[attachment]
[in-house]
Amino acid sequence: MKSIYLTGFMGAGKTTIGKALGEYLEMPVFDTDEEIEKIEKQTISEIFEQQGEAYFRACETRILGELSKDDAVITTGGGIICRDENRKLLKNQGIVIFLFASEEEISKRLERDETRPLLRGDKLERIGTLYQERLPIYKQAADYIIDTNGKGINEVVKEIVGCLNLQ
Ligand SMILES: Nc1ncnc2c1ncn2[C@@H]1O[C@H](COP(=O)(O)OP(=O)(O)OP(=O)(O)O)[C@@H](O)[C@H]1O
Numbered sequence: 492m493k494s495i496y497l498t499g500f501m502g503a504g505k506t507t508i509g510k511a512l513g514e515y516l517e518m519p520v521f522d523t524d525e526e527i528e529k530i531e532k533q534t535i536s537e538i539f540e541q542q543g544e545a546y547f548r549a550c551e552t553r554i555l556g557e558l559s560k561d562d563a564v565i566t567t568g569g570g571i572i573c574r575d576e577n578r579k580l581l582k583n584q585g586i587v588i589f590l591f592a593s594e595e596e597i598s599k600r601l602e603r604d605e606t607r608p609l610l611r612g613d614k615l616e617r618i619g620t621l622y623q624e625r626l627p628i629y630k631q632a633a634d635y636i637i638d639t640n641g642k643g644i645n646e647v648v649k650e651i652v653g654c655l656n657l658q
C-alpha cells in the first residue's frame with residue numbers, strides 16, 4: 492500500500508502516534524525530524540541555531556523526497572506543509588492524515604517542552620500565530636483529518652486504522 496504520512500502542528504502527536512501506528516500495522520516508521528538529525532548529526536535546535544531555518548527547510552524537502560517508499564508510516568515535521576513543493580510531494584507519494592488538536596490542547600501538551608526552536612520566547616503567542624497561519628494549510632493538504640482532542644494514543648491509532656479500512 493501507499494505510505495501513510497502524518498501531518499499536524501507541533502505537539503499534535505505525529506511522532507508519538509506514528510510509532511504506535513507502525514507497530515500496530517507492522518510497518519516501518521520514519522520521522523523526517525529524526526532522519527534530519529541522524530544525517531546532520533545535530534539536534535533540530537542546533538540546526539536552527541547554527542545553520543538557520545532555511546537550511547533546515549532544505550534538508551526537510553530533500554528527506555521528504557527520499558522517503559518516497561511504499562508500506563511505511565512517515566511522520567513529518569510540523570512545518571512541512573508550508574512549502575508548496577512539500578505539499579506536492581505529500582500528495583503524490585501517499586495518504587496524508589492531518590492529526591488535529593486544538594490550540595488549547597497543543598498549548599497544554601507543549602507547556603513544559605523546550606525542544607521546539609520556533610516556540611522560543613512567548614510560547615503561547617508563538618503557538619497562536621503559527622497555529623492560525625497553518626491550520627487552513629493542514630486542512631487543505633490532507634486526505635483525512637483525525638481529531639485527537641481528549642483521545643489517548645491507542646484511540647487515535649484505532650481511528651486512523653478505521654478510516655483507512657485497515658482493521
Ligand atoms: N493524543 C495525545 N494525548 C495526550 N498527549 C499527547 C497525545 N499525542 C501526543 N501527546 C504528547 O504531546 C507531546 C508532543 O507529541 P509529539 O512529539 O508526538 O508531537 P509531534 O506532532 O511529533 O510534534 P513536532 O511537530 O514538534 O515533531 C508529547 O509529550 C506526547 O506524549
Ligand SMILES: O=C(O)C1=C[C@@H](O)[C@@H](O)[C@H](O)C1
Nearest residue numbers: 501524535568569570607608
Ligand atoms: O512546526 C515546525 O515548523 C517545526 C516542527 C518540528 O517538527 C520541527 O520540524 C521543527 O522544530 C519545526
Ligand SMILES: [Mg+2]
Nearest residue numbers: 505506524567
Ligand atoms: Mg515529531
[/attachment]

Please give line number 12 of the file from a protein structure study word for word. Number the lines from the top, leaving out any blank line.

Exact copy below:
Ligand atoms: Mg515529531